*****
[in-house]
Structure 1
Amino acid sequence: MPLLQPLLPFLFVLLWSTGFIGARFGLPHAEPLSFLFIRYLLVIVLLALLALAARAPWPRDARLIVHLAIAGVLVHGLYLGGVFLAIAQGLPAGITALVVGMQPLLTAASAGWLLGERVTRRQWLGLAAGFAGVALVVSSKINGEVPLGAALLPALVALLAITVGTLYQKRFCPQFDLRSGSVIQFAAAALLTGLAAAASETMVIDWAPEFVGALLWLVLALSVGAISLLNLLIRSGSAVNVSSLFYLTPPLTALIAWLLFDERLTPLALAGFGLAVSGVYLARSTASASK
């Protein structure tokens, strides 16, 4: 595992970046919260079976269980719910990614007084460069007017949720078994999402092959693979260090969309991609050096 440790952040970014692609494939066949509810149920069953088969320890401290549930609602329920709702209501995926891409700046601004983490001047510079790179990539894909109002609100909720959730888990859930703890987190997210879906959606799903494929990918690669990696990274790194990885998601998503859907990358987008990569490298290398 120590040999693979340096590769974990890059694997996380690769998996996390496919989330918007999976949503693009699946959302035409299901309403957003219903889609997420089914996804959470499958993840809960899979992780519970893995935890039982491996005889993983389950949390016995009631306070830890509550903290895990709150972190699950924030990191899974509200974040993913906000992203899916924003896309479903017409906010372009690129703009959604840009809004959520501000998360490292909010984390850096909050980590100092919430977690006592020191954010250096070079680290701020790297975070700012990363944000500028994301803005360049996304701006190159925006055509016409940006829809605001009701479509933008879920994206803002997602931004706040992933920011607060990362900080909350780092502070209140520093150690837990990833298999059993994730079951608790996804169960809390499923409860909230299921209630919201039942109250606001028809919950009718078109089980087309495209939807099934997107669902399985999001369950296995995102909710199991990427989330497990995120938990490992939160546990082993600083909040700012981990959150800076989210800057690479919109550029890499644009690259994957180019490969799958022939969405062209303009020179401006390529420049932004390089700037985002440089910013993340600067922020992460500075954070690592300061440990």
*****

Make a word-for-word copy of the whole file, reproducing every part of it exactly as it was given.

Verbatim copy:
[in-house]
Structure 1
Amino acid sequence: MPLLQPLLPFLFVLLWSTGFIGARFGLPHAEPLSFLFIRYLLVIVLLALLALAARAPWPRDARLIVHLAIAGVLVHGLYLGGVFLAIAQGLPAGITALVVGMQPLLTAASAGWLLGERVTRRQWLGLAAGFAGVALVVSSKINGEVPLGAALLPALVALLAITVGTLYQKRFCPQFDLRSGSVIQFAAAALLTGLAAAASETMVIDWAPEFVGALLWLVLALSVGAISLLNLLIRSGSAVNVSSLFYLTPPLTALIAWLLFDERLTPLALAGFGLAVSGVYLARSTASASK
């Protein structure tokens, strides 16, 4: 595992970046919260079976269980719910990614007084460069007017949720078994999402092959693979260090969309991609050096 440790952040970014692609494939066949509810149920069953088969320890401290549930609602329920709702209501995926891409700046601004983490001047510079790179990539894909109002609100909720959730888990859930703890987190997210879906959606799903494929990918690669990696990274790194990885998601998503859907990358987008990569490298290398 120590040999693979340096590769974990890059694997996380690769998996996390496919989330918007999976949503693009699946959302035409299901309403957003219903889609997420089914996804959470499958993840809960899979992780519970893995935890039982491996005889993983389950949390016995009631306070830890509550903290895990709150972190699950924030990191899974509200974040993913906000992203899916924003896309479903017409906010372009690129703009959604840009809004959520501000998360490292909010984390850096909050980590100092919430977690006592020191954010250096070079680290701020790297975070700012990363944000500028994301803005360049996304701006190159925006055509016409940006829809605001009701479509933008879920994206803002997602931004706040992933920011607060990362900080909350780092502070209140520093150690837990990833298999059993994730079951608790996804169960809390499923409860909230299921209630919201039942109250606001028809919950009718078109089980087309495209939807099934997107669902399985999001369950296995995102909710199991990427989330497990995120938990490992939160546990082993600083909040700012981990959150800076989210800057690479919109550029890499644009690259994957180019490969799958022939969405062209303009020179401006390529420049932004390089700037985002440089910013993340600067922020992460500075954070690592300061440990």